# How could the landing date of Perseverance Rover be fixed irrespective of 26 days launch window?

I am very much aware of this question from 2018 by @uhoh - Why would InSight's arrival date at Mars be fixed, and independent of the launch date?. I was led here by a similar question which arose in my mind after reading this article which says -

No matter what day Perseverance lifts off during its July 17-Aug. 11 launch period, it will land at Mars' Jezero Crater on Feb. 18, 2021.

I am not satisfied with the answers to the earlier question which mainly talks about a couple of reasons -

1. 'Operations planning' referring to the sequence of sending data for EDL and afterward by MRO and Mars Odyssey orbiter. I checked for the orbital period of these two spacecraft and they are 35.5 hrs and 2 hrs respectively. So, whichever configuration you start with, they will attain the same configuration in 71 hrs [LCM(35.5, 2)]. That doesn't justify the fixed landing date independent of 26 days launch window.

2. About the launch vehicle excess energy ($$C_{3}$$) which, considering the respective payload mass (InSight [ $$\approx$$700kg ] and Mars 2020 [ $$\approx$$1100 kg]), have C3 value of around 60$$Km^{2}/s^{2}$$. See my Payload Mass vs. $$C_{3}$$ plot for Atlas V in 401 and 541 configurations here made using NASA's Launch Vehicle Performance website. The answer then says that since we have far more energy than requires for Mars mission ($$C_{3} = 12 Km^{2}/s^{2}$$; from Wikipedia), hence it allows us to select the landing date with high precision. How? The discussion then leads to landing date being chosen so as to fall between Thanksgiving and Christmas but I don't think such a PR case can be made for February 2021.

I am looking for a comprehensible explanation as to why the landing date is independent of the launch date (within the window) for the Mars 2020 mission.

• I'm glad you asked this and I agree that your question is not answered by those answers, but together with answers to How was Juno's arrival set up to be on the evening of July 4th? (linked below my question) I'd felt I had a good enough idea; the choreography of the direct interplanetary-to-landing trajectory to a specific site with a narrow landing ellipse and the two MarCO cubesats that traveled together with it required the whole thing to be carefully optimized. Hopefully an answer here based on the Perseverance mission will be definitive.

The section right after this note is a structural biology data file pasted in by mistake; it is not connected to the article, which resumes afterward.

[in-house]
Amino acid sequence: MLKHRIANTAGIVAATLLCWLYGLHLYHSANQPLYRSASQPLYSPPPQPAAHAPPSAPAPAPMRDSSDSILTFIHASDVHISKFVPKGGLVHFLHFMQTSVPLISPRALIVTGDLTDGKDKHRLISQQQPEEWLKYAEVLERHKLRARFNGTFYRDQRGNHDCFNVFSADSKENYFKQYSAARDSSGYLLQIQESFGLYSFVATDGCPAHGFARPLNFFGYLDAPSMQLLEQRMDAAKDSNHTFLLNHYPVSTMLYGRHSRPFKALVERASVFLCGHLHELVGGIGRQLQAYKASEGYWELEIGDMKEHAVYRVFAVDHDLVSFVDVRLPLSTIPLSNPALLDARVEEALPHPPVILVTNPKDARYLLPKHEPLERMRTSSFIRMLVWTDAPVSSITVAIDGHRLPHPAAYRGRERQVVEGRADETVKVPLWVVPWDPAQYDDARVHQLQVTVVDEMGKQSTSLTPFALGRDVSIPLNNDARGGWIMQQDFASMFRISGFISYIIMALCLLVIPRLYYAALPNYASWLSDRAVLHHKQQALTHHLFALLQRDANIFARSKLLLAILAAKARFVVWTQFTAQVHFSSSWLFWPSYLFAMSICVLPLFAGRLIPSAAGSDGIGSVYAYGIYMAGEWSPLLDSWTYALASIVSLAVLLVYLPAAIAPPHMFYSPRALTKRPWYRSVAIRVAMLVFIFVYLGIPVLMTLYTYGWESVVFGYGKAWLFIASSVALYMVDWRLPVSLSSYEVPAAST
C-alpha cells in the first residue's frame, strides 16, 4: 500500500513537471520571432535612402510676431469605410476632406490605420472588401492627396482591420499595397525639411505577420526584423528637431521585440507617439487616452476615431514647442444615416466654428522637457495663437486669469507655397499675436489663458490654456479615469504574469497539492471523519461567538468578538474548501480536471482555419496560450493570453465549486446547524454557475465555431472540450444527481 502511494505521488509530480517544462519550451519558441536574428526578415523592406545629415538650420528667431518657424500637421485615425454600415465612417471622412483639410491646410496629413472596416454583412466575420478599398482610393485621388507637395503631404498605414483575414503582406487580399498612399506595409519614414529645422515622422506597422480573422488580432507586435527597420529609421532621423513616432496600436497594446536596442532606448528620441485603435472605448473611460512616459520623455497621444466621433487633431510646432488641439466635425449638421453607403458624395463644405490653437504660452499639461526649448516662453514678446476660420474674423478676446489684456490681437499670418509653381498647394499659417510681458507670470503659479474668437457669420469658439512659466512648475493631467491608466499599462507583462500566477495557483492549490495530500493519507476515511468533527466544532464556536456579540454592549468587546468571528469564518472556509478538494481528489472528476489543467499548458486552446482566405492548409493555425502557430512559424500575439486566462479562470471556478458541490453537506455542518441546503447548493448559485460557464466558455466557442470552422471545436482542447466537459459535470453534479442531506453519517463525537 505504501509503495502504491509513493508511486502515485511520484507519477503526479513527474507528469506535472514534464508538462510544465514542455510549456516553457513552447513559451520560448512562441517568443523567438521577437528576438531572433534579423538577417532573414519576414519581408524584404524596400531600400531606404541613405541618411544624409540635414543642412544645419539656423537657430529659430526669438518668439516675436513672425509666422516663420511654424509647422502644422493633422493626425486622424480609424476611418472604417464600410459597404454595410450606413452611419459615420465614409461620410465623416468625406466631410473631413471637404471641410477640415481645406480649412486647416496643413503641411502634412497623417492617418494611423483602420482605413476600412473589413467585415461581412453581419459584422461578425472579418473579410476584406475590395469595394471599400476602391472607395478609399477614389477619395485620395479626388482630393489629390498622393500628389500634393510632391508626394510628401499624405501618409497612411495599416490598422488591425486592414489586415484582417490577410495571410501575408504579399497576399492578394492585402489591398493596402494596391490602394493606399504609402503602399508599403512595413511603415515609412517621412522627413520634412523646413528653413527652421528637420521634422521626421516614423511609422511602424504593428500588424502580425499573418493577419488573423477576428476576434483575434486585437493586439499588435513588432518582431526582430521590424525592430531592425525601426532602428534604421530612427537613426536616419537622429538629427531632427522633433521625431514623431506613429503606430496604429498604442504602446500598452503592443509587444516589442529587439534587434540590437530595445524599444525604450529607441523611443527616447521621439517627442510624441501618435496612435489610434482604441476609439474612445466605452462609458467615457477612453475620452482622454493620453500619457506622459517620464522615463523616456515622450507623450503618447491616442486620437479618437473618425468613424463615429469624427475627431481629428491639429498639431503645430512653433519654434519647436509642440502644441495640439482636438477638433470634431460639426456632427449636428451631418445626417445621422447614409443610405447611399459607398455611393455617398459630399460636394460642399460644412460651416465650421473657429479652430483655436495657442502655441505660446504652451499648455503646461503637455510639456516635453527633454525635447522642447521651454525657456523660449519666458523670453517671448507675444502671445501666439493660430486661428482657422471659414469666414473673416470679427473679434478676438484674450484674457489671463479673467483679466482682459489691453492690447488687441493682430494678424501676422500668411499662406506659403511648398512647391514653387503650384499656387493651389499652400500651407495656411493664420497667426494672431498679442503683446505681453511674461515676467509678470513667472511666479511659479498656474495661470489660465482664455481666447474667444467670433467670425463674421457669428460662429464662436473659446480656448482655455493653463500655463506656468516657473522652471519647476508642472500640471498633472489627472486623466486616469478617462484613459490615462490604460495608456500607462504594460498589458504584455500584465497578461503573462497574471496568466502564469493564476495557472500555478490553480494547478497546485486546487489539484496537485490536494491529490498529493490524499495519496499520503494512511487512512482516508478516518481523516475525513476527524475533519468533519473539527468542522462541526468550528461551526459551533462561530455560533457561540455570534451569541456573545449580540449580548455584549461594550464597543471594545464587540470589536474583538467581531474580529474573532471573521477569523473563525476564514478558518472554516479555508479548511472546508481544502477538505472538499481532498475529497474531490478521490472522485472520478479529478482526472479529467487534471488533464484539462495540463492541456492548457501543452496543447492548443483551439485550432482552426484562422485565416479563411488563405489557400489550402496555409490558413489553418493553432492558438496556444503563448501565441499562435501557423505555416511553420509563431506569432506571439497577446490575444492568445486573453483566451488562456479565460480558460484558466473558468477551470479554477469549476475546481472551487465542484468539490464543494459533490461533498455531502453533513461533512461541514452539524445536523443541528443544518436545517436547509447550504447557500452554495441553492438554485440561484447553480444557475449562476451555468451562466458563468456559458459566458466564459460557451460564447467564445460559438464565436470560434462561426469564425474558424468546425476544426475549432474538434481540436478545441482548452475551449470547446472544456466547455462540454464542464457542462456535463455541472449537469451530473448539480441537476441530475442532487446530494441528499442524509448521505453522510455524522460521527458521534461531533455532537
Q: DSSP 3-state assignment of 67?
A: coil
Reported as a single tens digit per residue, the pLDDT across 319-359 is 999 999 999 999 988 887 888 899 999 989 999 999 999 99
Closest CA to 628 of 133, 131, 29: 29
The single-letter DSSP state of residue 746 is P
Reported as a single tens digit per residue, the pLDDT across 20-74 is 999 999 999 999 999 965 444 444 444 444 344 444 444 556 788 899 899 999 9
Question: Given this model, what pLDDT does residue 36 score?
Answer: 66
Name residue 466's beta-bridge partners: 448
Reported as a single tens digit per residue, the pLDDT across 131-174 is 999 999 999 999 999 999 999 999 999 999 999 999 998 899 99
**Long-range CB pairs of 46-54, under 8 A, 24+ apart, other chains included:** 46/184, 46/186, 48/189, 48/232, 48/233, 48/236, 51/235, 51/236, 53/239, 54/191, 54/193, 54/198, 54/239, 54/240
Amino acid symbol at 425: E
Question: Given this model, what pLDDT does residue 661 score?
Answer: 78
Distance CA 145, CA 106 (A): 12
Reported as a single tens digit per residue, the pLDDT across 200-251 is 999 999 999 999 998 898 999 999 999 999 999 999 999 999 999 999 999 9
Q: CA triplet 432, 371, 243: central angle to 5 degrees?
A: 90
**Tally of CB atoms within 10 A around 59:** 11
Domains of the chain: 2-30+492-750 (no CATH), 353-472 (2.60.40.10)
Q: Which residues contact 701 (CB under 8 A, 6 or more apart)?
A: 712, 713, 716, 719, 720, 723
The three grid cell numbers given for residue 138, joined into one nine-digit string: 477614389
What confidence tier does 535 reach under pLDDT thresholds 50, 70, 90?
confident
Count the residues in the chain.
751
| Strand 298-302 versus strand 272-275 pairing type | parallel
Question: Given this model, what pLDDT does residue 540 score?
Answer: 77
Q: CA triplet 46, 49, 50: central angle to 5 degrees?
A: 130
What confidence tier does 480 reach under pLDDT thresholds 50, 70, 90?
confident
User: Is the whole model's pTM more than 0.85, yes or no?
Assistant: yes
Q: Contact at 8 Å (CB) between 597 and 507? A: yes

– uhoh
Jun 4, 2020 at 22:36
• I have no links currently, but in my vision it's part of NASA's "lessons learned" from many interplanetary missions. It's normal practice now, not only for Perseverance and Insight. Personnel management and operations scheduling/recheduling appeared much more difficult and stressful than calculation of different rocket trajectories for different dates. I know that Dragonfly probe has fixed date of arrival to Titan, too. Jun 18, 2020 at 7:02
• Huge update to this. I now actually fully understand the reasoning:-) Jul 29, 2020 at 12:42
• Item 1 mentions the 35.5 hr and 2 hr orbit of MRO and Mars Odyssey. You also have to consider the 24.6 hour rotational period of Mars. It does not matter if the two satellites "meet" every 71 hours if the landing site is on the other side of the planet! (Or even if just out of view of either spacecraft.) Aug 1, 2020 at 0:15
• @JohnHoltz TRUE! How did I forget that? It's not just about the two spacecrafts "be on the same line" (I suppose?) for EDL coverage but also at which side of the planet do they align relative to the landing site. Thanks a lot for pointing that out! Aug 1, 2020 at 4:42